In the realm of manufacturing, a significant event is unfolding. Years of expertise and experience are exiting the workforce, leaving an industry on the precipice of a knowledge crisis. This mass retirement of seasoned workers is not only causing a loss of irreplaceable tribal knowledge but is also widening the skills gap within the manufacturing sector.

As an entire generation of experienced workers embarks on a well-deserved retirement, a challenge arises for the manufacturing industry. How do we address the immediate skills gap created by their absence?

Loss of Tribal Knowledge

Tribal knowledge in the manufacturing industry refers to the hands-on skills and institutional knowledge gleaned from years of industry experience. Many people have worked at their company for decades and have developed a deep understanding of the manufacturing processes. But according to a 2018 study by Deloitte, over 2.6 million Baby Boomers are expected to retire from manufacturing jobs over the next decade, taking with them their years of hands-on experience and valuable insights. Their departure not only leads to a loss of practical skills but also leaves a significant void in niche knowledge.


Widening Skills Gap

The retirement of a massive wave of experienced workers in the manufacturing industry has also inadvertently given rise to a pressing challenge: a widening skills gap. According to the Deloitte study, there will be an estimated 4.6 million manufacturing jobs needing to be filled between 2018 and 2028 as a result of the mass retirement of Baby Boomers combined with the natural growth of the industry. Of these 4.6 million open jobs, they expect that only 2.2 million are likely to be filled – leaving 2.4 million open positions.

Not only is the manufacturing industry facing a workforce shortage, but as these seasoned professionals retire, new or green employees who step into the industry lack access to the knowledge and expertise of their predecessors. These fresh talents face a steep learning curve, making it increasingly difficult to fill the void left by the retiring workforce. This is especially true for those companies that do not have effective training programs.  Instead, they rely on the guidance of experienced colleagues to learn effective, proven methods. When these experienced workers leave, a critical knowledge gap emerges.

Addressing This Challenge

If you are in manufacturing, these trends should be of great concern to you. Fortunately, many companies are finding a solution in employee training. According to a 2019 survey by The Manufacturing Institute, nearly 70% of manufacturers are addressing the workforce crisis by creating and expanding employee training programs – and it is paying off, with 43% reporting an increase in workforce levels. Additionally, three-fourths of those surveyed said that upskilling their workers has helped improve employee productivity, and 39% indicated that having these training opportunities has facilitated recruitment efforts. Proper onboarding of all new employees, regardless of level of experience in the industry, ensures that they receive comprehensive guidance and knowledge from the onset, enabling them to contribute effectively. Furthermore, ongoing professional development increases employees’ skills, aligns the entire company on the same page, and leads to greater retention.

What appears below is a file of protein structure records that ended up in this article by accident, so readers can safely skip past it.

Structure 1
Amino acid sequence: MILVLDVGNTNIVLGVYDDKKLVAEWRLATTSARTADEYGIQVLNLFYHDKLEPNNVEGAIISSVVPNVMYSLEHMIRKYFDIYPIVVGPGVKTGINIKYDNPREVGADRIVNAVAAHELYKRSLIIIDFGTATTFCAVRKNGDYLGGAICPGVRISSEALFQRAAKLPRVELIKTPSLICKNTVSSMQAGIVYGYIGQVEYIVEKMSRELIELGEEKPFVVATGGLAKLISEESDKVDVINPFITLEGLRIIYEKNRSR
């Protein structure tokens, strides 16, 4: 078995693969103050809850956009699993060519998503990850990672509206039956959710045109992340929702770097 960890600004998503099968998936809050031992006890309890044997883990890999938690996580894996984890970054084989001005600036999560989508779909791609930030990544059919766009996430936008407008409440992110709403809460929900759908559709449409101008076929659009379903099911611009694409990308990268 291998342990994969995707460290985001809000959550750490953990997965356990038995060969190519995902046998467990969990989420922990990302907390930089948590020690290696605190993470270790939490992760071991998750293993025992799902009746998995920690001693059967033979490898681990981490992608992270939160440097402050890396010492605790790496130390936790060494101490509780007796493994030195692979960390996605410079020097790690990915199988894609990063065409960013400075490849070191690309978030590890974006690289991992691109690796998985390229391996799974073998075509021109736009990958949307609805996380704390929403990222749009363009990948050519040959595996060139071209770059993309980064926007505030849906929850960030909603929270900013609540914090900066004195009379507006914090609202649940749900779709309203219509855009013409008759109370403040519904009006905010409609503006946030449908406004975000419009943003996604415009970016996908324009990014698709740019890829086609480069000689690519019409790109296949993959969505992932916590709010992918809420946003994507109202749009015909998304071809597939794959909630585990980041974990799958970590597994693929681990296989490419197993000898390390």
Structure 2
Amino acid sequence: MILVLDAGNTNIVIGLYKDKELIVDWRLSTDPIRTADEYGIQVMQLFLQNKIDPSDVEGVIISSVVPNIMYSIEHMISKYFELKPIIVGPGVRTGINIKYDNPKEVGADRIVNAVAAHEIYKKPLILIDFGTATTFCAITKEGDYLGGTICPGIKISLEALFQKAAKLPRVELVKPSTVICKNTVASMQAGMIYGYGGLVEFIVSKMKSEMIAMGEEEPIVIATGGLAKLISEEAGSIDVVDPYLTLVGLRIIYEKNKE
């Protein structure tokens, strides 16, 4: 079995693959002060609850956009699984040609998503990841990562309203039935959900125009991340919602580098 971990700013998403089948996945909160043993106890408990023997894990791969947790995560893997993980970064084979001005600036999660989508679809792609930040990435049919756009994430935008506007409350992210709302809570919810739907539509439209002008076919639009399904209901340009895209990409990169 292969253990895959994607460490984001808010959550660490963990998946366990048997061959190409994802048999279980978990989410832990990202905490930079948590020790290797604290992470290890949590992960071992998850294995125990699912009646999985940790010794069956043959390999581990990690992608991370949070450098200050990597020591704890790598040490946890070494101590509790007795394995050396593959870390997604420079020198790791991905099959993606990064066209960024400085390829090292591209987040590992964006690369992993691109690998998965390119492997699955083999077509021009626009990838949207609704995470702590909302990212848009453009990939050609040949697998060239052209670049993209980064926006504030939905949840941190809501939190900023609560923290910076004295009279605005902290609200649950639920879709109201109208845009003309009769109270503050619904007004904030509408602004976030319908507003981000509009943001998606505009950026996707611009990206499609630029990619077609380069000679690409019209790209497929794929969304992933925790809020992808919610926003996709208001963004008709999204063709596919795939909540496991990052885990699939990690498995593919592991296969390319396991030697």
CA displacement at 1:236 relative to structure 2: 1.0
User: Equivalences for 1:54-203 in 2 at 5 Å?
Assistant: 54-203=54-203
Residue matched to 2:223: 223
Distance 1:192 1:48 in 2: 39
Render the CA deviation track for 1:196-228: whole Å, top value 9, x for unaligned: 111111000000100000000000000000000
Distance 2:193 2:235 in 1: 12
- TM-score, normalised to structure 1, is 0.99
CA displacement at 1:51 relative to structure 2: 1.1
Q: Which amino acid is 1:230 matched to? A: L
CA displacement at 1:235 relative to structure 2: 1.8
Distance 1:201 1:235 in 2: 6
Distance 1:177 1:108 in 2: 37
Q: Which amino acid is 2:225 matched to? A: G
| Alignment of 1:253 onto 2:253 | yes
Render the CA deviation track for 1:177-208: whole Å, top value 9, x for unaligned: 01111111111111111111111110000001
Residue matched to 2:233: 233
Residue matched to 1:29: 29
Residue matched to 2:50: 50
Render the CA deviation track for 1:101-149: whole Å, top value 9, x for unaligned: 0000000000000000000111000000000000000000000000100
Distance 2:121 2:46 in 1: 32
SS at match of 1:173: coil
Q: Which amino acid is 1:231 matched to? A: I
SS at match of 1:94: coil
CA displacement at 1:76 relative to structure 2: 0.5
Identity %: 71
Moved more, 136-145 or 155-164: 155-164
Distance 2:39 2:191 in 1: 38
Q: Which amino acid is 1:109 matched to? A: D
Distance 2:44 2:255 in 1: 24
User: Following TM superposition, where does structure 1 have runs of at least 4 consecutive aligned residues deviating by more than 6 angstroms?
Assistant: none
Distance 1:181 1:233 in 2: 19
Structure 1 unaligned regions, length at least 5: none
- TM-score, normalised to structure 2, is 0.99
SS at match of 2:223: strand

Training Considerations

When considering an employee training program, it is crucial for companies to prioritize industry standardized training. Relying solely on tribal knowledge is not effective as it limits the applicability of skills to specific teams or departments. Industry-standardized training is essential to ensure that employees learn not just how things have been done in the past, but how they should be done according to best practices.

There are a variety of industry standardized training programs available for core competencies, such as welding, CNC programming, and SolidWorks CAD design software. However, each of these design and manufacturing processes are reliant on an understanding of engineering drawings. Having industry standardized training for engineering drawings is crucial for effective communication and consistency in drawing interpretation, resulting in fewer errors and less scrap.

GD&T Basics can help your company tackle the skills gap by providing your team with a solid understanding of engineering drawings, with training courses covering Print Reading and Tolerances, Geometric Dimensioning and Tolerancing, and GD&T Inspection. Through these training courses, your team will gain a comprehensive understanding of how to accurately interpret and analyze engineering prints, ensure compliance with industry drawing standards, and acquire the skills needed for effective inspection practices. GD&T Basics’ training will equip your team to work confidently, knowing they are all on the same page.


The answer to the rapidly expanding skills gap in the manufacturing industry lies in investing in employees. By equipping employees with essential knowledge and skills through industry standardized training, companies can safeguard against the knowledge crisis and bridge the gap with a new generation of skilled professionals. These training initiatives not only ensure a smooth transition but also empower employees to excel in their roles, leading to increased retention and job satisfaction. By prioritizing training, companies not only secure their own success but also contribute to the overall growth and sustainability of the manufacturing industry. In the quest to address the skills gap, training emerges as a key solution, paving the way for a knowledgeable and proficient workforce poised for a prosperous future.

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